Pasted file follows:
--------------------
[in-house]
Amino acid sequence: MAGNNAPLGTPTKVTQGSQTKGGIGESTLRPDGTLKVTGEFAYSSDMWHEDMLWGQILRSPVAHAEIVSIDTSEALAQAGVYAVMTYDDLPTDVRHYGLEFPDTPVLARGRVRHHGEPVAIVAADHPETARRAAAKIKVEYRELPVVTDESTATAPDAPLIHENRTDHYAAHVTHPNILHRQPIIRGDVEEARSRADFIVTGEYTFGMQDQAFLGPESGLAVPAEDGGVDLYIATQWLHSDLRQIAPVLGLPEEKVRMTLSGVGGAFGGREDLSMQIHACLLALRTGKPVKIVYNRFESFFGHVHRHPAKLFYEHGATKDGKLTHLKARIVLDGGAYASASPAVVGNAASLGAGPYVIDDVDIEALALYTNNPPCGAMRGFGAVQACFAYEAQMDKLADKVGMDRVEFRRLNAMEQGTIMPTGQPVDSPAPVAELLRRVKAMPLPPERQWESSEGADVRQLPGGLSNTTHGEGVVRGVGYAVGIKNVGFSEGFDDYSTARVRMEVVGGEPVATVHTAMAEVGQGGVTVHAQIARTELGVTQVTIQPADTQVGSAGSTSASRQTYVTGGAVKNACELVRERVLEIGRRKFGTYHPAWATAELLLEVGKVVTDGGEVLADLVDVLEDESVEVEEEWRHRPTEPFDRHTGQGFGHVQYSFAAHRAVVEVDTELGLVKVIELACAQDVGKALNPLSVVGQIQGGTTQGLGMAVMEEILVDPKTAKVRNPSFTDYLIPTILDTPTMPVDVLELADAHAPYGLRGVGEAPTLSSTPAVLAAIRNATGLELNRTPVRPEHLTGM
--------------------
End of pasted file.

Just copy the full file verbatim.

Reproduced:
[in-house]
Amino acid sequence: MAGNNAPLGTPTKVTQGSQTKGGIGESTLRPDGTLKVTGEFAYSSDMWHEDMLWGQILRSPVAHAEIVSIDTSEALAQAGVYAVMTYDDLPTDVRHYGLEFPDTPVLARGRVRHHGEPVAIVAADHPETARRAAAKIKVEYRELPVVTDESTATAPDAPLIHENRTDHYAAHVTHPNILHRQPIIRGDVEEARSRADFIVTGEYTFGMQDQAFLGPESGLAVPAEDGGVDLYIATQWLHSDLRQIAPVLGLPEEKVRMTLSGVGGAFGGREDLSMQIHACLLALRTGKPVKIVYNRFESFFGHVHRHPAKLFYEHGATKDGKLTHLKARIVLDGGAYASASPAVVGNAASLGAGPYVIDDVDIEALALYTNNPPCGAMRGFGAVQACFAYEAQMDKLADKVGMDRVEFRRLNAMEQGTIMPTGQPVDSPAPVAELLRRVKAMPLPPERQWESSEGADVRQLPGGLSNTTHGEGVVRGVGYAVGIKNVGFSEGFDDYSTARVRMEVVGGEPVATVHTAMAEVGQGGVTVHAQIARTELGVTQVTIQPADTQVGSAGSTSASRQTYVTGGAVKNACELVRERVLEIGRRKFGTYHPAWATAELLLEVGKVVTDGGEVLADLVDVLEDESVEVEEEWRHRPTEPFDRHTGQGFGHVQYSFAAHRAVVEVDTELGLVKVIELACAQDVGKALNPLSVVGQIQGGTTQGLGMAVMEEILVDPKTAKVRNPSFTDYLIPTILDTPTMPVDVLELADAHAPYGLRGVGEAPTLSSTPAVLAAIRNATGLELNRTPVRPEHLTGM